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'During the last 12 months, there have been exercises (between India and UK) in each domain of land, air and sea. This has happened for the first time in many years'

Minister for defence equipment, support & technology, United Kingdom, Philip Dunne is a man with long memory and little ceremony. He doesn’t need a reference for dates and people; both being on his finger-tips. This informality, borne out of self-assurance, is reflected in his office at Whitehall, where despite the austere atmosphere of the ministry of defence, he suffuses his domain with warmth and charm. Freely referring to his previous meetings with FORCE (twice before) in this conversation with FORCE editor Pravin Sawhney, Dunne emphasises that just as continuity is important in bilateral relationships, infusion of vigour from time to time keeps the momentum going.

Interview Philip Dunne

With Michael Fallon becoming the new defence secretary yesterday, following a major reshuffle in the government, do you see yourself as providing continuity in the government?

Yes. With around 40 per cent of the defence budget coming through my office it demonstrates continuity, particularly to the Defence Equipment Plan and this government’s commitment to get a grip on our expenditure. Moreover, the ministers responsible for the armed forces and personnel have also remained in post, offering further continuity for defence. Michael Fallon, the new defence secretary (and former business secretary), and I know one another well having previously worked together on the Treasury Select Committee. We have both been involved with the Defence Growth Partnership (DGP) announced at the Farnborough International Air Show this morning (July 16). So, for the best part of the year, Mr Fallon has been very engaged in understanding the UK defence industry.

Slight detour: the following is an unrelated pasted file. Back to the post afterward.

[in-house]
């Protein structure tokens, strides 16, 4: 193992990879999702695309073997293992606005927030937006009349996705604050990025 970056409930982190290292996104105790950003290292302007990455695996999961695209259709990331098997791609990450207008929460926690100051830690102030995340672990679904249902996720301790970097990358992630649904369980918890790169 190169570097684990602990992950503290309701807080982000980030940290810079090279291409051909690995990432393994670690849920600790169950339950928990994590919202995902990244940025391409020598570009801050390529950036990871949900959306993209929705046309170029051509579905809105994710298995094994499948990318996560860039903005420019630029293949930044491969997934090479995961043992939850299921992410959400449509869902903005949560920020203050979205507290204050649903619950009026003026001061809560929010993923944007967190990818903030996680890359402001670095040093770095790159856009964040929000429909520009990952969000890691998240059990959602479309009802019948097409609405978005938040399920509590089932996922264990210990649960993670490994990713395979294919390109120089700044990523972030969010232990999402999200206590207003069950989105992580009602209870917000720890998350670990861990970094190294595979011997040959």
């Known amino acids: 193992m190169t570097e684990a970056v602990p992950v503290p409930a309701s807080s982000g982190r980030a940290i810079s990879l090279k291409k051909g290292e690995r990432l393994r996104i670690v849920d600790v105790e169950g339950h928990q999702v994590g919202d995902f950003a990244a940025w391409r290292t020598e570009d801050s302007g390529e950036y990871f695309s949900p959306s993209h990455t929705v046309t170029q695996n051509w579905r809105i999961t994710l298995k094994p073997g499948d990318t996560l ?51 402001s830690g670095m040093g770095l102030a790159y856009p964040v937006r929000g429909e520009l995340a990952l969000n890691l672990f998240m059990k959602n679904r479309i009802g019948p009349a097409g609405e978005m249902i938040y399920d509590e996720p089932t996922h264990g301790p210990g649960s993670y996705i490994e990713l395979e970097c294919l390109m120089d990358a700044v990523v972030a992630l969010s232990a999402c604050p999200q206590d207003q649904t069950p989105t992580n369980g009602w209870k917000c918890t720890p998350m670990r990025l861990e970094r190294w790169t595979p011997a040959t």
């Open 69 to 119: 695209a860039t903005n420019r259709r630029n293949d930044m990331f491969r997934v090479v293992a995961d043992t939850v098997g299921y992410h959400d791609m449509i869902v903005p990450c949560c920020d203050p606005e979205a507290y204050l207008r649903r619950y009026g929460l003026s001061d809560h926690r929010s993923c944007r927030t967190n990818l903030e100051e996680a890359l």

At the Show, you made a remark that even outside countries, let’s say India, could be part of DGP. What does this mean?

The DGP has two main components. The first is to provide the UK supply chain with intelligence on export activities. The DGP therefore provides a forum whereby we can learn of other customer countries’ requirements on a government to government basis. We can pass that information to the forum and leave it to UK industry to work out how they offer to fulfil that requirement. At the moment, we don’t have a central body where we can do that. UKTI DSO do provide such information, but this is going to be a much more coordinated way of doing so. This is one aspect of DGP, providing export opportunities to British industry.

The other aspect is to showcase the capabilities of the UK industry’s supply chain to prime contractors from other countries who might want to approach the European or wider international market. For example, Indian contractors could get the information on the UK industry’s supply chain through DGP and determine for themselves which company or group of companies they would like to work with. This would facilitate access to our market, and potentially collaboratively into other European markets through UK.

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